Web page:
“Things have changed so much!” said Ms. Fu Ying, Chinese Vice Minister of Foreign Affairs, as she addressed a crowd in Hong Kong at an event sponsored by the Better Hong Kong Foundation this week. The vast improvements in China’s human rights record was a theme that ran throughout her speech.
She said that China was “prosperous, stable, and successful” and implied that it was unique in that position globally. “You look around in the world, which country can use these three adjectives at the same time?” This economic preeminence, said, Ms. Fu, was proof enough that China has made progress in terms of human rights. Continue reading
I think today most Hong Kong people they spend more time in working rather than traveling based on my two months interning in Hong Kong. From my colleagues’ description, nearly the answers I get is about the time concern.
Does it mean Hongkongers don’t like to enjoy their vacation? It seems not real.
But these are News of the World employees we are talking about.
With the last rendition of the paper, “Thank You & Goodbye,” sitting on the copy desk, Brooks – the current chief executive of News International and former News of the World editor – recognized that the final issue of the 168-year-old British tabloid institution could be used as prime real estate for a proper lambasting.
“She brought in two very senior Sun journalists to go though every line on every page with a fine toothcomb,” a News of the World employee told the Daily Mail. “But they failed and we’ve had the last laugh.” Continue reading
Our internship is coming to the end. It might be the time to talk about my shallow understanding about the relationship between Hong Kong natives and Mainlanders. I guess my American classmates would be interested to hear about it from a Mainlander’s perspective.
Last week, I was buying lunch with my Hong Kong colleague in a small restaurant nearby my company. People were lining up because it was the exact lunchtime. The owner was a middle-age woman so I assumed she could not understand Mandarin well. Therefore, on my turn, in order to make the owner understand what I wanted, I spoke clearly, and probably a little bit slowly, in Mandarin. The owner started shouting at me in Cantonese although I had no idea what she was saying. Apparently she did not understand me and gave me the wrong food. But I didn’t want to bother telling her the mistake so I paid bill without a word. When I took my lunch back to office, my colleague told me the woman was shouting “Quick! Quick! Can’t you see so many people lining?” Continue reading
This is my third visit to Disneyland after two exciting visits to the one in Anaheim. Yes, I went to Hong Kong Disneyland with three Annenbergers, with an intention to do some serious research. The park was conveniently located near Hong Kong International Airport and could be reached by the Disney Express, a Mickey themed MTR line designed for the park.
Several Annenbergers went to China Tee Club on the past Saturday; we spent a cozy time enjoying some dim sum there and were warmly served by a waiter from Shanghai in his middle age. Inside the restaurant, it features Chinese-Malaysian décor with a vintage touch, including antique gramophone, bird cages, posters and tiles. All of these decorative items drove us back to the old Hong Kong time. But looking out through the window stands glamorously the largest Louis Vuitton store in the center of Central. However impressive the environment and the service, we are kind of disappointed with the food: 110 HKD per head for an afternoon tea set, which only includes ten little pieces of dim sum.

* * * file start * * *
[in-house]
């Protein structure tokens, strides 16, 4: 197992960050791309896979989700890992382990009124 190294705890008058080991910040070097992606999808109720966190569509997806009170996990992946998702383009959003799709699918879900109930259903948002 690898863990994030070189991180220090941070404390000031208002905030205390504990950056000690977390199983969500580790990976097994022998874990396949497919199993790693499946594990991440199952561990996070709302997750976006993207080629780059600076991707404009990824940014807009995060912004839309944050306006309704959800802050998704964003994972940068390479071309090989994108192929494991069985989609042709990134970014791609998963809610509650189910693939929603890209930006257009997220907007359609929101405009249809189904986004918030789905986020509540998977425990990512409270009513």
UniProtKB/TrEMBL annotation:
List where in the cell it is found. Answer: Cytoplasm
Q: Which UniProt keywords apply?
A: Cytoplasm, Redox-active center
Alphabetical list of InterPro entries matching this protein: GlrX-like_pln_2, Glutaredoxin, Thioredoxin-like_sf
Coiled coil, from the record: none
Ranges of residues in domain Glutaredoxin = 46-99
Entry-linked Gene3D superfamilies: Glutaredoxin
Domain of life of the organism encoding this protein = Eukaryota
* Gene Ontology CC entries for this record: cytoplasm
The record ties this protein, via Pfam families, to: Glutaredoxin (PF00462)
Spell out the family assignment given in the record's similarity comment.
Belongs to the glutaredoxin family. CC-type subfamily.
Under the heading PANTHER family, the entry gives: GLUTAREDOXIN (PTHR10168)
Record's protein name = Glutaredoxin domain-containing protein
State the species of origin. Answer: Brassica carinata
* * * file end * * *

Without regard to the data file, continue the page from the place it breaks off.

Then, today, I read from newspaper, knowing that the 25-year-old China Tee Club is being ousted by the trendy clothing chain Abercrombie & Fitch.
It’s a well-established fact that the big guy generally wins in business. And the story is playing out the same old way at the Pedder Building in Central. Together with the flagship stores for Shanghai Tang and 16 other clothing and jewellery businesses, China Tee Club must give way to the American chain in the coming September.
A junior student at Beijing Normal University declared to earn down payment for his future house by doing part-time job like 5 to 6 private tutoring jobs and picking odds and ends from rubbish heaps. He stored all that he found in refuse heaps at his school dormitory, which drove his roommates crazy. In spite of his fellow classmates’ despise, he was mad about making money. Although many people appreciate his diligence and independence, I feel deep sadness when Chinese college students consider buying a house as their dream.
I’ve gained several great takeaways from the past week in the office at MSL Hong Kong. This week’s lessons in PR could translate to the steps of a gymnast’s process, in my opinion. The perfect gymnastics routine, through the lens of an aspiring public relations specialist: Stretch, flex, trust and then leap.
1. Stretch. There are several things interns like us should constantly be stretching: our eyes and ears, as open wide as they can go for maximum listening to what’s going on around us; and our brains and abilities, in order to learn as many lessons and skills as possible through observation and trial-and-error.
Take cab or MTR to the airport? I was thinking while planning to fly back Taiwan few weeks ago with a heavy and big luggage.
In Hong Kong, if you don’t have a car, MTR would be one of the best transportations to travel everywhere. Today, MTR it accommodates hundreds of thousands of passengers daily, and rush hour surge of workers and students during peak times, a wrong step in the escalator or a failed attempt to squeeze into a train full of passengers could cost a limb and a dose of embarrassment. Continue reading